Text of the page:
ProPublica: Millions of Americans Might Not Get Stimulus Checks. Some Might Be Tricked Into Paying Intuit's TurboTax to Get Theirs

Aries

Administrator
Millions of Americans Might Not Get Stimulus Checks. Some Might Be Tricked Into Paying TurboTax to Get Theirs.
Congress gave the IRS the job of sending out coronavirus rescue checks. But the underfunded agency is struggling, while for-profit companies like Intuit have started circling, hoping to convert Americans in need into paying customers.

April 15, 2020

Congress has approved billions of dollars of checks for Americans hard hit by the biggest round of layoffs in U.S. history. But millions of Americans will have to wait months for that money — and millions more may never get the money at all.

That’s because the rescue legislation left it to the IRS, an agency gutted by Congress, to organize the complex logistics of delivering the money to those entitled to it. As the IRS has struggled, for-profit tax preparation companies, notably Intuit, the maker of TurboTax, have stepped in with websites to help people get their checks.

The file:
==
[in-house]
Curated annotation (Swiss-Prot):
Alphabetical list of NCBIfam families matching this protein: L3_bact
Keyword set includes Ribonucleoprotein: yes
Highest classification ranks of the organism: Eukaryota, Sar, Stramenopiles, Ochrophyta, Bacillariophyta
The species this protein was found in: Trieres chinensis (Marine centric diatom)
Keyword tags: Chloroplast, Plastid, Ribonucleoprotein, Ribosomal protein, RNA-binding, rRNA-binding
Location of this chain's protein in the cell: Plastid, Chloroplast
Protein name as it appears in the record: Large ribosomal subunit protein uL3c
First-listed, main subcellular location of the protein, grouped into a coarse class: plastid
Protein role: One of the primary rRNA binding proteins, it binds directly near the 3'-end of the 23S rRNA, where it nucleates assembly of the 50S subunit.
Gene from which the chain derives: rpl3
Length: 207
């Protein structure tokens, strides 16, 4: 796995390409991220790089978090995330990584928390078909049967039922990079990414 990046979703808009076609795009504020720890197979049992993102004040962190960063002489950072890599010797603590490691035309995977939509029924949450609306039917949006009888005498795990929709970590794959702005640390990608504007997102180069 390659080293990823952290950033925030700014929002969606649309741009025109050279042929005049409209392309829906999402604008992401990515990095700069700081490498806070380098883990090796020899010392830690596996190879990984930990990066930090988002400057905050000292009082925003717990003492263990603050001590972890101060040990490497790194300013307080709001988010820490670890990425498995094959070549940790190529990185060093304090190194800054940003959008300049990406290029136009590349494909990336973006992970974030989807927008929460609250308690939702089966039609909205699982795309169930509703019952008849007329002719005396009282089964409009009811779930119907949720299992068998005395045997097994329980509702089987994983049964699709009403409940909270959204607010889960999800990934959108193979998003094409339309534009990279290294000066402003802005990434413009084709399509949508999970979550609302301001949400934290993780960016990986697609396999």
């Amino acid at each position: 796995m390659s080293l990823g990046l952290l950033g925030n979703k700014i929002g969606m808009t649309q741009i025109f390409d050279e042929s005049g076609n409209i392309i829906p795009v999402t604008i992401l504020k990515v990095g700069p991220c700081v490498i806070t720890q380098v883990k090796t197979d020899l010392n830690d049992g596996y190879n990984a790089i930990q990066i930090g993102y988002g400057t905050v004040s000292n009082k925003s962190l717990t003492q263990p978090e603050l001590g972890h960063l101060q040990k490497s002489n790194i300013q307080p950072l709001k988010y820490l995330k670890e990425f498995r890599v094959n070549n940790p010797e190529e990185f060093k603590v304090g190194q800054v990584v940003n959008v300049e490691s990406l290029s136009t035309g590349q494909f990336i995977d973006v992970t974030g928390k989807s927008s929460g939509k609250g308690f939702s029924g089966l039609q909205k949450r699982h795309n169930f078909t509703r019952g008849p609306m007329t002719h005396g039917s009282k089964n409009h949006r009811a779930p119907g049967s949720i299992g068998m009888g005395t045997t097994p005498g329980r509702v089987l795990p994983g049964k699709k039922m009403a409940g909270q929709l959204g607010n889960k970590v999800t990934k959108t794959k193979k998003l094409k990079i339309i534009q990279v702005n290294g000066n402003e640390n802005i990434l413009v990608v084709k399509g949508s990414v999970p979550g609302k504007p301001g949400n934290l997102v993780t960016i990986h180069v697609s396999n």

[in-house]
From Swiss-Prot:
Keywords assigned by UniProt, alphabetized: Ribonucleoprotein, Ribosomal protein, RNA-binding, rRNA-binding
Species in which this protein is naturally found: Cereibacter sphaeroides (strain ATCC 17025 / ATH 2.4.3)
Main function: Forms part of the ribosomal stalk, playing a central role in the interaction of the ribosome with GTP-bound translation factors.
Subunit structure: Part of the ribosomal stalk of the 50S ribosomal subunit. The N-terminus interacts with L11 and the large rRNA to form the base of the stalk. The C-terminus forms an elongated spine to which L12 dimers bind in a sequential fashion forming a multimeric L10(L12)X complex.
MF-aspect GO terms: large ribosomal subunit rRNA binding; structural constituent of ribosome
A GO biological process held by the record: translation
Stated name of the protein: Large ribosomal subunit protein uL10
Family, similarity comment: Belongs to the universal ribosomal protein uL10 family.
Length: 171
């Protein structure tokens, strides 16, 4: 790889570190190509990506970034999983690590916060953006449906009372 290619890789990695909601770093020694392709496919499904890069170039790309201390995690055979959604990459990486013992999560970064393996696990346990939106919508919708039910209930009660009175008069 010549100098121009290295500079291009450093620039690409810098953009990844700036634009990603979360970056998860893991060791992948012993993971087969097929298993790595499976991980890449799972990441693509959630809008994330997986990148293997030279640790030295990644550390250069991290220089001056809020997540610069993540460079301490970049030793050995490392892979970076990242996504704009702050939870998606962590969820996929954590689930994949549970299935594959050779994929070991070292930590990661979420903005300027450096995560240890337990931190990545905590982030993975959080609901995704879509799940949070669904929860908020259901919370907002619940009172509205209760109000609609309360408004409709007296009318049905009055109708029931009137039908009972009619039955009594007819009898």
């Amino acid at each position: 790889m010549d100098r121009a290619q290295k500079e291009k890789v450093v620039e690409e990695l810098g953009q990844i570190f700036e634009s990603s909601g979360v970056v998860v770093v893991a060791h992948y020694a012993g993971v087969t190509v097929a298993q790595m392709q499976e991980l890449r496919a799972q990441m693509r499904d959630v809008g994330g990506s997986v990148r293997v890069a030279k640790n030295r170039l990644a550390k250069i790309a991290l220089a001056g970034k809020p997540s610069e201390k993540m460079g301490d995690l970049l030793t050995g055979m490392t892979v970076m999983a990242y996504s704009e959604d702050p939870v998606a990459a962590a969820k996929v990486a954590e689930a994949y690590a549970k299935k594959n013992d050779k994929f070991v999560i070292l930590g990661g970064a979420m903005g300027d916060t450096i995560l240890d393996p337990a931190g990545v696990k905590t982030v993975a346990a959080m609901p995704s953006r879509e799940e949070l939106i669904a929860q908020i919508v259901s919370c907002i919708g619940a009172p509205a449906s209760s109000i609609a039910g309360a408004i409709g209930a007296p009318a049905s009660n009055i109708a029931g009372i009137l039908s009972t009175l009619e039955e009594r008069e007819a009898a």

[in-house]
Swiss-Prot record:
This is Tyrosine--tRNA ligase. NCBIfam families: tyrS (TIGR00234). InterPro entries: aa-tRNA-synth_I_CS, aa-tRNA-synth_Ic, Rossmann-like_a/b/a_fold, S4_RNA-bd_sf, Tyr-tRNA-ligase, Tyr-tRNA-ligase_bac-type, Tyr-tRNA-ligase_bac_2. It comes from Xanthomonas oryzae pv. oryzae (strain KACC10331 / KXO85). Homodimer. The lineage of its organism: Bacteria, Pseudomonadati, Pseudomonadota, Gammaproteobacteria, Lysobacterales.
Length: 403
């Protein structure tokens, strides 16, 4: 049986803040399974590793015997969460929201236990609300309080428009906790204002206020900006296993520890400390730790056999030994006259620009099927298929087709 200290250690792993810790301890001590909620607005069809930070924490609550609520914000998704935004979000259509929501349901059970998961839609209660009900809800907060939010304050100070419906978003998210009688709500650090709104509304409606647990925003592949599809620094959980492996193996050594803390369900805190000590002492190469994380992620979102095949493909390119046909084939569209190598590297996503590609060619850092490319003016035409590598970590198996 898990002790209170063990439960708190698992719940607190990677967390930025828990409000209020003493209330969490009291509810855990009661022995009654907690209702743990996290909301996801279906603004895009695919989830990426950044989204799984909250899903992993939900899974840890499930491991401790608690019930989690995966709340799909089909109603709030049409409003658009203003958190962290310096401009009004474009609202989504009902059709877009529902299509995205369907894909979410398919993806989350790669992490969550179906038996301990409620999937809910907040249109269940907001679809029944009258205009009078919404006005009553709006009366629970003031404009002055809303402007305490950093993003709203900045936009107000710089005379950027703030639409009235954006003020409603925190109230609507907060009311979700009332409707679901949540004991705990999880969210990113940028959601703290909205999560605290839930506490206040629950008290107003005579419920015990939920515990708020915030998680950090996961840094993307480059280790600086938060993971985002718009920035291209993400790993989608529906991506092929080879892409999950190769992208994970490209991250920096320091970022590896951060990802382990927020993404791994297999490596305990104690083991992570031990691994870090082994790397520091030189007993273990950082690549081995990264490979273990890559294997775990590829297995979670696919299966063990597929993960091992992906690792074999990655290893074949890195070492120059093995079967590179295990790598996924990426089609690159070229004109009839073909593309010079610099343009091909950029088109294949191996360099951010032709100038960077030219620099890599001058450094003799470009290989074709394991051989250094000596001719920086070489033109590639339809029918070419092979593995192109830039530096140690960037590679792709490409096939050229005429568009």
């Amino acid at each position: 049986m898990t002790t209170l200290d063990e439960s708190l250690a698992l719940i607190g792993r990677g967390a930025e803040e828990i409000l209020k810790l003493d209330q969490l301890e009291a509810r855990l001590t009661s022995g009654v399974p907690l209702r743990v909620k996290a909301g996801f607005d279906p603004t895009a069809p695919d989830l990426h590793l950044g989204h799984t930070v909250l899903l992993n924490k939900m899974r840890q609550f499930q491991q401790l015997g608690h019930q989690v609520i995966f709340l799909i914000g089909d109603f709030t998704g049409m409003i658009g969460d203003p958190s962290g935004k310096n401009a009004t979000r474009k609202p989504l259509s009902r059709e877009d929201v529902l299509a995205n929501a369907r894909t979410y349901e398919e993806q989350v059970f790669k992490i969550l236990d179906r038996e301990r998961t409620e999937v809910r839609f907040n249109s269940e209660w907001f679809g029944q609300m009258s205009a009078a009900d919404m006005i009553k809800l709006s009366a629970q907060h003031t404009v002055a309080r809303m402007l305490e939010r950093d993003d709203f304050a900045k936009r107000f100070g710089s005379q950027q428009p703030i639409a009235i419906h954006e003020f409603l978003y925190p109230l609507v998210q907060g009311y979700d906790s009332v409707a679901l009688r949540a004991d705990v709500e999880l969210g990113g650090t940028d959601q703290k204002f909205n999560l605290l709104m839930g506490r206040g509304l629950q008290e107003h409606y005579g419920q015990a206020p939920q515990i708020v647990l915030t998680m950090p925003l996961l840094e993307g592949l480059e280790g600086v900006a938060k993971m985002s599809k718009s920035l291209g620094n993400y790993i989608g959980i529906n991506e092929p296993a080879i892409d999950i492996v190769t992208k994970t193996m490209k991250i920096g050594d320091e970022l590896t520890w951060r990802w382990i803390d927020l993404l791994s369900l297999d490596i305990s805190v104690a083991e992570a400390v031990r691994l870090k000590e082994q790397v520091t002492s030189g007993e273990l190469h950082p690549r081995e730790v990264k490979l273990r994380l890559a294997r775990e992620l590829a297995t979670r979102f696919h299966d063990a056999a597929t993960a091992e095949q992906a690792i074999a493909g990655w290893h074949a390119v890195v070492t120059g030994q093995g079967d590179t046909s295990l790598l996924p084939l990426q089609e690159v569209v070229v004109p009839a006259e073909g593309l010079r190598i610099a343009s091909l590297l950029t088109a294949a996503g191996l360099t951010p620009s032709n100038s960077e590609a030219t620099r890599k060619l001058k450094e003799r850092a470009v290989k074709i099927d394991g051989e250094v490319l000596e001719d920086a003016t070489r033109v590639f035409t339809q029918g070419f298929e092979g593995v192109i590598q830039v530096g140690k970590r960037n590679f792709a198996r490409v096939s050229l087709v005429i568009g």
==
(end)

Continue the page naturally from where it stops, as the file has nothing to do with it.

But Intuit is not just acting as a conduit: It is also misleading unwary Americans by steering them to paid services that they could otherwise get for free.


The job Congress gave to the IRS in its $2 trillion CARES Act is seemingly straightforward: Identify the Americans who qualify and send them money. This turns out to be far more complicated than it sounds.

Tens of millions of Americans have not provided the IRS with their banking account information, if they have one. Some of these people have filed taxes, so they should eventually receive money but will have to wait weeks or even months for a check to come in the mail.